* You must have a high debt relative to your income. * Your monthly payment will never be more than the 10-year Standard Plan amount. * You’ll pay

more over time than under the 10-year Standard Plan. 

* You may have to pay income tax on any amount that is forgiven. 

* Good option for those seeking Public Service Loan Forgiveness (PSLF).

Income-

Based

Repayment

Plan (IBR)

* Direct Subsidized and Unsubsidized Loans 
* Subsidized and Unsubsidized Federal Stafford Loans 
* all PLUS loans made to students 
* Consolidation Loans (Direct or FFEL) that do not include Direct or FFEL PLUS loans made to parents
* Your monthly payments will be 10 or 15 percent of discretionary income. 
* Payments are recalculated each year and are based on your updated income and family size. 
* If you're married, your spouse's income or loan debt will be considered only if you file a joint tax return. 
* Any outstanding balance on your loan will be forgiven if you haven't repaid your loan in full after 20 or 25 years.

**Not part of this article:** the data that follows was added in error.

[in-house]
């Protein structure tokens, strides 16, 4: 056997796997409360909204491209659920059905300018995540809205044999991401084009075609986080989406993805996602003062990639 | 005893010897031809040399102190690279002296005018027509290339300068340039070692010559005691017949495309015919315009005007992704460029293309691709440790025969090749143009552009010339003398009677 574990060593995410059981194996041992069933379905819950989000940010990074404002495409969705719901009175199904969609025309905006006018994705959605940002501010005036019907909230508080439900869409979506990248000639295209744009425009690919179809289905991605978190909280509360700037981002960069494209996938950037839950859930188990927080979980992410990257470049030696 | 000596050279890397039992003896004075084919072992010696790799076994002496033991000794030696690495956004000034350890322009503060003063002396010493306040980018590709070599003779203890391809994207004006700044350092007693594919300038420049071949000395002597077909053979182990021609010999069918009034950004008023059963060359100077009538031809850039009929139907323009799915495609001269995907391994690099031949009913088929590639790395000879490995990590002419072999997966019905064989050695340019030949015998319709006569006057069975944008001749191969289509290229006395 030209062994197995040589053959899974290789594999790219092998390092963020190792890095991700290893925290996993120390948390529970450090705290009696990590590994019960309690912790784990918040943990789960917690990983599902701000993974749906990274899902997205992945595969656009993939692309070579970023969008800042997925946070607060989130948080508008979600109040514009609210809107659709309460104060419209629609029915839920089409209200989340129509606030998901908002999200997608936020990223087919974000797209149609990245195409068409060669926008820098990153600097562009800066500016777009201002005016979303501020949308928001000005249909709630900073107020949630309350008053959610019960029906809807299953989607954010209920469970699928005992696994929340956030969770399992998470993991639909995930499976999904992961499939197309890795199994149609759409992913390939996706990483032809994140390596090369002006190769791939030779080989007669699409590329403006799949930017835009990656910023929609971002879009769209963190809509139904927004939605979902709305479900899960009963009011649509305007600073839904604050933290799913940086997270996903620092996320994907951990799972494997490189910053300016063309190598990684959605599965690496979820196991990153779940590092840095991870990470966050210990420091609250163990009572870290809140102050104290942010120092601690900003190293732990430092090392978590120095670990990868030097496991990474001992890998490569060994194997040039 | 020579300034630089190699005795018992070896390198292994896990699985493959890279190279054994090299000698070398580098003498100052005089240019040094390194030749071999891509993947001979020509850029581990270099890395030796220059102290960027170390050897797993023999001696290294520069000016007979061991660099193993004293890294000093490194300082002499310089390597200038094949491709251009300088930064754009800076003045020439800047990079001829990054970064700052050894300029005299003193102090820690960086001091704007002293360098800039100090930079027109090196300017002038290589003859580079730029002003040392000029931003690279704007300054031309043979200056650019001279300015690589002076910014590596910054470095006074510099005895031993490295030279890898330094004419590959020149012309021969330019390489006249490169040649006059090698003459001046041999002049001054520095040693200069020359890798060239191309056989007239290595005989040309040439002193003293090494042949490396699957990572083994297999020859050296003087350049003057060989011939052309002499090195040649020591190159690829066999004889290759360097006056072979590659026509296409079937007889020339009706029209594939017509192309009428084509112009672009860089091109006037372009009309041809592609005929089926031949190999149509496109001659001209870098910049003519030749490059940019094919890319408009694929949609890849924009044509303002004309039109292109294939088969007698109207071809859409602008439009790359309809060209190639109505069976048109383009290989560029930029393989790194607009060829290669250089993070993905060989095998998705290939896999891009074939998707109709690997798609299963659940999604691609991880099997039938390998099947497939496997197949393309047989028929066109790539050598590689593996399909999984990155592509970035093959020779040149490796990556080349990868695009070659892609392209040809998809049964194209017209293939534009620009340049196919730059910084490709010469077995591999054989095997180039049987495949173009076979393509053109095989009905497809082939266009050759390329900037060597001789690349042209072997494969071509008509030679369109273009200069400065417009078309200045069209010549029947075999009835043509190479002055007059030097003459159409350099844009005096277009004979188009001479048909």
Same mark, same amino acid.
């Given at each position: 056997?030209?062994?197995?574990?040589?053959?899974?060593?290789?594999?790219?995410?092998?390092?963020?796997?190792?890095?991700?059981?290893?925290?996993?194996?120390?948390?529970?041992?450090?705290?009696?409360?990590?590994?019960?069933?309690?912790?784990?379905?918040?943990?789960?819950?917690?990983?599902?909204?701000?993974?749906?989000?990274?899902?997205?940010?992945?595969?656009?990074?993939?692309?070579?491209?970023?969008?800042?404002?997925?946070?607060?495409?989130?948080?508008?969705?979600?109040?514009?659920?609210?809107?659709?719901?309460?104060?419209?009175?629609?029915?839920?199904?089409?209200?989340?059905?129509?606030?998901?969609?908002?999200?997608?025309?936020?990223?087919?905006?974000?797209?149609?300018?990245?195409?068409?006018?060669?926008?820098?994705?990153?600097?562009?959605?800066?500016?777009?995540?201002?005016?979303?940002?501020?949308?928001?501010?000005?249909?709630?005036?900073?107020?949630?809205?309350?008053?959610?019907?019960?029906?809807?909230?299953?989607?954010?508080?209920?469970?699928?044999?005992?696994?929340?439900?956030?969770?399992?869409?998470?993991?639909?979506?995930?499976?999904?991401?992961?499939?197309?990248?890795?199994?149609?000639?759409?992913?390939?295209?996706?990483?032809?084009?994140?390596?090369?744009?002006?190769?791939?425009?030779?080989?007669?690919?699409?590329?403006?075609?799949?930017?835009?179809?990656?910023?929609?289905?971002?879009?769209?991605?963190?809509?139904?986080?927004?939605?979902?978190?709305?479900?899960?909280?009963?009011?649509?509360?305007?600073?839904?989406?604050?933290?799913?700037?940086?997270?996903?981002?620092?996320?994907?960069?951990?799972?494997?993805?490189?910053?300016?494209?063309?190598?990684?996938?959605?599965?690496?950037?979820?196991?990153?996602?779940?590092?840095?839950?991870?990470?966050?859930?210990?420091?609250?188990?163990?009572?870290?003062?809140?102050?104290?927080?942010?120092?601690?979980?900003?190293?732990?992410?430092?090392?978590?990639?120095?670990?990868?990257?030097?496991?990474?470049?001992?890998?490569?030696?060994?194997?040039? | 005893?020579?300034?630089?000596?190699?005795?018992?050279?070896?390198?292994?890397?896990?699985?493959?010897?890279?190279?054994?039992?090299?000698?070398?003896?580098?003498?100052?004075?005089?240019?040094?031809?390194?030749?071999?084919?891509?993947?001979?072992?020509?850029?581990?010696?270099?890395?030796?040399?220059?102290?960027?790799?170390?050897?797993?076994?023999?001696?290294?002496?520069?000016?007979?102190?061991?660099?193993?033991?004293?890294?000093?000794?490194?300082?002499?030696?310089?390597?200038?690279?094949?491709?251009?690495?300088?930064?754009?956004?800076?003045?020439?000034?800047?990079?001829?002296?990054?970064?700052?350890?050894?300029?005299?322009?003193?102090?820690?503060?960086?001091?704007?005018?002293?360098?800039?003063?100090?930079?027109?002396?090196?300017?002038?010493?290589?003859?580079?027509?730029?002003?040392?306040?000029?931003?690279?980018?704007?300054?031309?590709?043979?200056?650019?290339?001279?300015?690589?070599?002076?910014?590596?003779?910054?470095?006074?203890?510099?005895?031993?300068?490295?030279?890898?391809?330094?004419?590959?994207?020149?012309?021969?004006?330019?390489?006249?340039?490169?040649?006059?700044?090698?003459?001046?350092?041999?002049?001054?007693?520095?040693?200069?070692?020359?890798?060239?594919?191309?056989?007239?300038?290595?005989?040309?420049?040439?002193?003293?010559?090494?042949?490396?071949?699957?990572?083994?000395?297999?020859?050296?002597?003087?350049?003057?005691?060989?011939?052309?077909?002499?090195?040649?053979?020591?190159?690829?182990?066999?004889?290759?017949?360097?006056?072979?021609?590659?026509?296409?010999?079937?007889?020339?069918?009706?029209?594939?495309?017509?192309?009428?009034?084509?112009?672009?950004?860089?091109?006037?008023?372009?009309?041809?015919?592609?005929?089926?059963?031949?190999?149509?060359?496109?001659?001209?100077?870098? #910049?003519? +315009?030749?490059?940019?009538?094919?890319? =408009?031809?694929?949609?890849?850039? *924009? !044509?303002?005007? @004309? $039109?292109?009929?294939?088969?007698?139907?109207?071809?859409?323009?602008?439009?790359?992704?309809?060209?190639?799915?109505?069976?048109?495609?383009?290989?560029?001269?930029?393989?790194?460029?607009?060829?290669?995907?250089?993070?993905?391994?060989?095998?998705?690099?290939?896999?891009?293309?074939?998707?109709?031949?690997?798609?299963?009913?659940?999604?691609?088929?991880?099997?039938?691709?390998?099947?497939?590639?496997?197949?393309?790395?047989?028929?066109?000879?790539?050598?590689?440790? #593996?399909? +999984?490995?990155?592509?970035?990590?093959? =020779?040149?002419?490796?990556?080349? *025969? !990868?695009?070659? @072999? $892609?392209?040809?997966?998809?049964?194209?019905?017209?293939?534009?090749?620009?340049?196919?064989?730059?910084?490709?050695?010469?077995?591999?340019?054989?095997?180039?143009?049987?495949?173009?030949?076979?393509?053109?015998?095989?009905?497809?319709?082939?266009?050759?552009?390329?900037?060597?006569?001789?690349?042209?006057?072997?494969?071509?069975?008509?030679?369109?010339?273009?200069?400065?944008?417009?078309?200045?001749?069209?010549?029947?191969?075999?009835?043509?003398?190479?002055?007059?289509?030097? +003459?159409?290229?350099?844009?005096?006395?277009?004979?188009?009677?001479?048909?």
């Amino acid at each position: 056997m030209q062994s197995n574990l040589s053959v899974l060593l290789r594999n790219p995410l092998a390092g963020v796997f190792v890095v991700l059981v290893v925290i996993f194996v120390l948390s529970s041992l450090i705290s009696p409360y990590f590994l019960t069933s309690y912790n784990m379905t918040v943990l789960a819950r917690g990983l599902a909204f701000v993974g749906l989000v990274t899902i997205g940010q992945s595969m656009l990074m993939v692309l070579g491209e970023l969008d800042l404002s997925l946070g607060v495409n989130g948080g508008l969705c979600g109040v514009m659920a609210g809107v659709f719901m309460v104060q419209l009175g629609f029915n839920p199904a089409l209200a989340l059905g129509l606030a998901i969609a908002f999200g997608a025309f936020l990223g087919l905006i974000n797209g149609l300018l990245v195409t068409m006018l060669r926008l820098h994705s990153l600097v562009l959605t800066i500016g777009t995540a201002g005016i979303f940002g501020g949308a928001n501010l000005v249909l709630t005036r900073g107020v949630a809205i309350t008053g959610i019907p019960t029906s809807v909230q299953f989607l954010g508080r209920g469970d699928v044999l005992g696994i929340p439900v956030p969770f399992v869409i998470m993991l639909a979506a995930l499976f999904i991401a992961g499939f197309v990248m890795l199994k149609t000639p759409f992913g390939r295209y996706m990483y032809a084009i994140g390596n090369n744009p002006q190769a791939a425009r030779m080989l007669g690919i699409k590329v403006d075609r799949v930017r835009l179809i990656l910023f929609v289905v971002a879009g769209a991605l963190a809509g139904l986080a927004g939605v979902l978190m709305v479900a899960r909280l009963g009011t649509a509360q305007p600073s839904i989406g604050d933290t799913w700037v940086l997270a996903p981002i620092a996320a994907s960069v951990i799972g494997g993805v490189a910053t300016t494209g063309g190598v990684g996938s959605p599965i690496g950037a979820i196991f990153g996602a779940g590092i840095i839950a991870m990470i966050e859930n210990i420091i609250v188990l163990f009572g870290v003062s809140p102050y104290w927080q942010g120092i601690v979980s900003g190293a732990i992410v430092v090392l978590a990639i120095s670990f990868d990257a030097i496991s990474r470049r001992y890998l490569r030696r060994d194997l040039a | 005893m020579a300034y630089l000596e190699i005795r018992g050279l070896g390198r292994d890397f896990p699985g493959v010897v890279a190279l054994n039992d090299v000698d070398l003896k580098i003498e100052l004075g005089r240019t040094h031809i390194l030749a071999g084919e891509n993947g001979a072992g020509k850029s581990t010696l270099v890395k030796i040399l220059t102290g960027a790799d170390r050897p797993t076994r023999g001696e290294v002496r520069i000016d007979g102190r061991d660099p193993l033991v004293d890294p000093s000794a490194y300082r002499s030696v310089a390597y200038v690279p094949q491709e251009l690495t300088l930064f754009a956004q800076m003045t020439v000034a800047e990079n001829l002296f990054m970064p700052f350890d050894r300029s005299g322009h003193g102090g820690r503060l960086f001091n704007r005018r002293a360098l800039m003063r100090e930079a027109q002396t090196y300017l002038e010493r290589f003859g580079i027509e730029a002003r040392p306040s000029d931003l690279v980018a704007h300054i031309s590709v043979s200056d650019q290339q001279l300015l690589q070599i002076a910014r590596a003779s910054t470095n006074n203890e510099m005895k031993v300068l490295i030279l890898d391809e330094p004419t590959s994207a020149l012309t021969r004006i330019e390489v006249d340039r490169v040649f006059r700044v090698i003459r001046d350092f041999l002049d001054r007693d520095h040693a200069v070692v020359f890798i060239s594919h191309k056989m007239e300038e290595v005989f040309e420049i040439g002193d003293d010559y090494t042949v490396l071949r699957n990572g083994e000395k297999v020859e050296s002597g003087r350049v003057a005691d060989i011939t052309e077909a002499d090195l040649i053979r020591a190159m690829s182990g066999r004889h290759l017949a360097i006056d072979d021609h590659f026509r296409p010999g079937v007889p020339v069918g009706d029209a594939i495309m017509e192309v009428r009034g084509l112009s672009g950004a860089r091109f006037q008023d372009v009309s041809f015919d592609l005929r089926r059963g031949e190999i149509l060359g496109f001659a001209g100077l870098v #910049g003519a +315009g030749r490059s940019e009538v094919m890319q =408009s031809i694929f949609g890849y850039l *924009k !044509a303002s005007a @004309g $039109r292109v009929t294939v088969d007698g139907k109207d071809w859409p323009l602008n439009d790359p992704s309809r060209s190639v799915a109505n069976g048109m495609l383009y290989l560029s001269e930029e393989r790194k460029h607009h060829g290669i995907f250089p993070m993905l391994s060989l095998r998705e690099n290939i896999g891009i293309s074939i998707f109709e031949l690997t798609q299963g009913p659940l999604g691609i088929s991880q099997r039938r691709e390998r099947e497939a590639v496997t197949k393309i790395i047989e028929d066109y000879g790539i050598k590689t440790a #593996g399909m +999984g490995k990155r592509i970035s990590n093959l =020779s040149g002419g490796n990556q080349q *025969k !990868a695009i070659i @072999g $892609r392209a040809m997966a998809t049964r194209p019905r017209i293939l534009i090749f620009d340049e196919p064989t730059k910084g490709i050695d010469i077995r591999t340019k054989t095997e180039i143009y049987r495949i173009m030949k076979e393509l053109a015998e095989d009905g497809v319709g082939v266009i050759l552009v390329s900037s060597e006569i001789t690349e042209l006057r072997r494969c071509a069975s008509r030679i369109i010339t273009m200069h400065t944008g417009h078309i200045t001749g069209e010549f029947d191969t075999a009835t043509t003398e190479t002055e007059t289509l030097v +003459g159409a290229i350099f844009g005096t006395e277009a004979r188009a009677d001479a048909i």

* You may have to pay income tax on any amount that is forgiven.

* You must have a high debt relative to your income.

* Your monthly payment will never be more than the 10-year Standard Plan amount. 

* You’ll pay more over time than under the 10-year Standard Plan. 
* Good option for those seeking Public Service Loan Forgiveness (PSLF).

Income-

Contingent

Repayment

Plan (ICR)

* Direct Subsidized and Unsubsidized Loans 
* Direct PLUS Loans made to students 
* Direct Consolidation Loans
* Your monthly payment will be the lesser of o 20 percent of discretionary income, or o the amount you would pay on a repayment plan with a fixed payment over 12 years, adjusted according to your income. 
* Payments are recalculated each year and are based on your updated income, family size, and the total amount of your Direct Loans.